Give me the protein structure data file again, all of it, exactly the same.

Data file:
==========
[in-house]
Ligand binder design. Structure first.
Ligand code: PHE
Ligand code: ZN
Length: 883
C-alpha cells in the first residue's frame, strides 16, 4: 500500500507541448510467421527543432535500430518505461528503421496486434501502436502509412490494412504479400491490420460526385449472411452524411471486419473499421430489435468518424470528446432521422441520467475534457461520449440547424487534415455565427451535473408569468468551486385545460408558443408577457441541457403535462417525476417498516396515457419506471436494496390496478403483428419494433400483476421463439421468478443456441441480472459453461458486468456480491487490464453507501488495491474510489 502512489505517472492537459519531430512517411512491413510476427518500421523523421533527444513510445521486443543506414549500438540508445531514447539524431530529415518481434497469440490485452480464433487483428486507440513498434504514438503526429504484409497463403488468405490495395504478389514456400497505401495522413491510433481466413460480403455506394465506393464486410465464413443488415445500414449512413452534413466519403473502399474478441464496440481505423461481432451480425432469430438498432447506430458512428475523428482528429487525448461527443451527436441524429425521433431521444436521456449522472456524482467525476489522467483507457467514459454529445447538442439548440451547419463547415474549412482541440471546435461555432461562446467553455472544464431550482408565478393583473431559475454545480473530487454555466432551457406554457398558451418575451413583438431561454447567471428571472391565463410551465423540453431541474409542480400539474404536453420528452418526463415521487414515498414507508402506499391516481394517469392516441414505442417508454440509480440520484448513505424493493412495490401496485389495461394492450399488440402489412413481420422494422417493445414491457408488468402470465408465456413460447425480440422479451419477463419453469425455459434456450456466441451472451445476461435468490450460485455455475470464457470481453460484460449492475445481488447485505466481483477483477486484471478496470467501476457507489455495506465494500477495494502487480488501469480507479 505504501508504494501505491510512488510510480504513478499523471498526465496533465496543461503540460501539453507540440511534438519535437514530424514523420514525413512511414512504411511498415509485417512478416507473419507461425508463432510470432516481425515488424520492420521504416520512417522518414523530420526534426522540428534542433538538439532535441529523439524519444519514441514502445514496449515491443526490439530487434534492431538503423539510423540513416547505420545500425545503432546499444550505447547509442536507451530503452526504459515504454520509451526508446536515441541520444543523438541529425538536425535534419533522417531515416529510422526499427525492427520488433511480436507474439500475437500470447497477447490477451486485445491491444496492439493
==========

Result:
[in-house]
Ligand binder design. Structure first.
Ligand code: PHE
Ligand code: ZN
Length: 883
C-alpha cells in the first residue's frame, strides 16, 4: 500500500507541448510467421527543432535500430518505461528503421496486434501502436502509412490494412504479400491490420460526385449472411452524411471486419473499421430489435468518424470528446432521422441520467475534457461520449440547424487534415455565427451535473408569468468551486385545460408558443408577457441541457403535462417525476417498516396515457419506471436494496390496478403483428419494433400483476421463439421468478443456441441480472459453461458486468456480491487490464453507501488495491474510489 502512489505517472492537459519531430512517411512491413510476427518500421523523421533527444513510445521486443543506414549500438540508445531514447539524431530529415518481434497469440490485452480464433487483428486507440513498434504514438503526429504484409497463403488468405490495395504478389514456400497505401495522413491510433481466413460480403455506394465506393464486410465464413443488415445500414449512413452534413466519403473502399474478441464496440481505423461481432451480425432469430438498432447506430458512428475523428482528429487525448461527443451527436441524429425521433431521444436521456449522472456524482467525476489522467483507457467514459454529445447538442439548440451547419463547415474549412482541440471546435461555432461562446467553455472544464431550482408565478393583473431559475454545480473530487454555466432551457406554457398558451418575451413583438431561454447567471428571472391565463410551465423540453431541474409542480400539474404536453420528452418526463415521487414515498414507508402506499391516481394517469392516441414505442417508454440509480440520484448513505424493493412495490401496485389495461394492450399488440402489412413481420422494422417493445414491457408488468402470465408465456413460447425480440422479451419477463419453469425455459434456450456466441451472451445476461435468490450460485455455475470464457470481453460484460449492475445481488447485505466481483477483477486484471478496470467501476457507489455495506465494500477495494502487480488501469480507479 505504501508504494501505491510512488510510480504513478499523471498526465496533465496543461503540460501539453507540440511534438519535437514530424514523420514525413512511414512504411511498415509485417512478416507473419507461425508463432510470432516481425515488424520492420521504416520512417522518414523530420526534426522540428534542433538538439532535441529523439524519444519514441514502445514496449515491443526490439530487434534492431538503423539510423540513416547505420545500425545503432546499444550505447547509442536507451530503452526504459515504454520509451526508446536515441541520444543523438541529425538536425535534419533522417531515416529510422526499427525492427520488433511480436507474439500475437500470447497477447490477451486485445491491444496492439493